People crossing the US borderlands in remote areas face extraordinary threats to life and safety. These threats include, but are not limited to:
~Threats to Basic Needs and Orientation~
Disorientation includes lack of familiarity with remote and foreign environments, landscape, and terrain or how to access civilization or emergency services. Disorientation may be caused by
- Travel through unknown and challenging terrain and being unable to navigate to safety or to direct rescue resources to their location.
- Having become injured, ill or otherwise unable to keep up with traveling companions, or being accidentally or intentionally left behind.
- Having been given false or misleading information regarding the landscape and distances of anticipated travel.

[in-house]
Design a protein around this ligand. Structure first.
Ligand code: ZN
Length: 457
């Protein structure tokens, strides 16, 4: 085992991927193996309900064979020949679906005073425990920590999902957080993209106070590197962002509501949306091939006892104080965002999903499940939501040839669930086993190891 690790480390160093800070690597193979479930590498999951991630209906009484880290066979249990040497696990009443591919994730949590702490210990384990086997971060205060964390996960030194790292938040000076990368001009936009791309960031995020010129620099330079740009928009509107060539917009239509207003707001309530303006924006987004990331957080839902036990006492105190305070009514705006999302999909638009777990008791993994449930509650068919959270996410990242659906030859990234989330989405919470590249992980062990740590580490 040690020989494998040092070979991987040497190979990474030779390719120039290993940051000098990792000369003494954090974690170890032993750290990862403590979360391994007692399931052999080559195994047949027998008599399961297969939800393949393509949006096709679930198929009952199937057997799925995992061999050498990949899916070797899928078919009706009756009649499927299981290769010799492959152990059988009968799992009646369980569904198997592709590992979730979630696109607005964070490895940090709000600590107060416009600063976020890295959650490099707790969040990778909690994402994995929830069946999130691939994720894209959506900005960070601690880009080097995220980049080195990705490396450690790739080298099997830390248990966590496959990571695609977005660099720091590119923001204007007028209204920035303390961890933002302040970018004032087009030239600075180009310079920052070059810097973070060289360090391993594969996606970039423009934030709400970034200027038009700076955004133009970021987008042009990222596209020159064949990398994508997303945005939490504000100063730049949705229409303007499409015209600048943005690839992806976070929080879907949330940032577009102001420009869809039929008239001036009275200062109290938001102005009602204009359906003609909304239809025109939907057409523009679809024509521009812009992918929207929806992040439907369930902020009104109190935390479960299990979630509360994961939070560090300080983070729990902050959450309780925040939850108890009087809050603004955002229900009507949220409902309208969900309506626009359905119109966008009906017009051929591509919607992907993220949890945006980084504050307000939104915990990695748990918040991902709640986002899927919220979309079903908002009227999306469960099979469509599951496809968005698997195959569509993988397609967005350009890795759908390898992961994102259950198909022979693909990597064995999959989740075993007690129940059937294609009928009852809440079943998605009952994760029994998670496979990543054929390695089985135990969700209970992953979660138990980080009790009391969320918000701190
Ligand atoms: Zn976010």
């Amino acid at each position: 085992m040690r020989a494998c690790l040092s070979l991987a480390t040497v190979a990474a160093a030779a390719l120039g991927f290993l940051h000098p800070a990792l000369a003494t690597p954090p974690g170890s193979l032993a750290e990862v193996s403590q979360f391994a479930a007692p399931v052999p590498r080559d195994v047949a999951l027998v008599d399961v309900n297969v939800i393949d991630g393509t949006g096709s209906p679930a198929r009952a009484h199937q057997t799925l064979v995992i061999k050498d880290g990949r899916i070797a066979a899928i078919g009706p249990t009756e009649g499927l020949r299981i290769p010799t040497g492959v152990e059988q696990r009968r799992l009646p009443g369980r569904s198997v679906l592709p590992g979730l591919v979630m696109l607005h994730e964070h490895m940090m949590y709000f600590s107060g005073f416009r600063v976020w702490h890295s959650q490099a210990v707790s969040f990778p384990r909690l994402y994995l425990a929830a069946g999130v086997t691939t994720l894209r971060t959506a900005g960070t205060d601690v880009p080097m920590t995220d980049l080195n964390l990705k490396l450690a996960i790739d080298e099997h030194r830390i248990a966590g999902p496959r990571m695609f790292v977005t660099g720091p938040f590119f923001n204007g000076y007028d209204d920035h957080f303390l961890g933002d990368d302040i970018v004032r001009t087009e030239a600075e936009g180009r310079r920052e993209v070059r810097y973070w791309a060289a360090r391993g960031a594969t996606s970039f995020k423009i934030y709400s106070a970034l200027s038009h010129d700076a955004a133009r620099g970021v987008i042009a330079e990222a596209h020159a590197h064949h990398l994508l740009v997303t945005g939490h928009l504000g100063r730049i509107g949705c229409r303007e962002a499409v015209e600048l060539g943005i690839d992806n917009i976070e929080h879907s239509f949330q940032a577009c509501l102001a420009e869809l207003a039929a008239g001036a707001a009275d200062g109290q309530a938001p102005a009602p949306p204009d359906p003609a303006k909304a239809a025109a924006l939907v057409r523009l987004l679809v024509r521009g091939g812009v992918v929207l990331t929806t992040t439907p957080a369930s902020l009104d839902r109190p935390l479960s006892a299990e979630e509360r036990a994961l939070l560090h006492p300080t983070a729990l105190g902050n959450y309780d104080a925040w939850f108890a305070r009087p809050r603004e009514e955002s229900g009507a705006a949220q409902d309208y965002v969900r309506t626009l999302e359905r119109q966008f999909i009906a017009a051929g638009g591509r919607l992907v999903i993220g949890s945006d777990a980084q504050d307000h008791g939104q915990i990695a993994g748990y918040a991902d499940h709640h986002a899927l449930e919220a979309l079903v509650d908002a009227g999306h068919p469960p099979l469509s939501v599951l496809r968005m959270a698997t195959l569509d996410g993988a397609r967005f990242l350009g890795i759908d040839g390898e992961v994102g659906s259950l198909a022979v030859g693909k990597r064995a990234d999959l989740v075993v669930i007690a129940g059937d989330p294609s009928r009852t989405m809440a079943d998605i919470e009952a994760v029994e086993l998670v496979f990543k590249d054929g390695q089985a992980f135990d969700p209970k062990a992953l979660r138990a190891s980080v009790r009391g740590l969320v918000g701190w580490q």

- Having been chased and scattered by Border Patrol’s attempts at apprehension thus losing travel companions and life-saving supplies in the process.
Lack of access to potable water for hours or days at a time in remote areas, causing dehydration and associated illnesses. Lack of access to needed quantities of drinking water may be caused by:
- Prolonged exposure to extreme temperatures in remote environments.
- The pervasive inability to carry enough water to support survival during remote and prolonged travel.
- Drinking from contaminated water sources in remote areas, such as cattle tanks, ponds, and wildlife guzzlers, in order to survive.
Lack of access to food for hours or days at a time, causing extreme hunger and/or malnutrition.
Sleep deprivation which may be caused by acute stress and/or nighttime travel.
Extended physical exertion resulting in debilitating exhaustion.
The likelihood of continued travel in remote environments without adequate supplies and geographic orientation to support survival, and/or when one’s health and well-being are already compromised.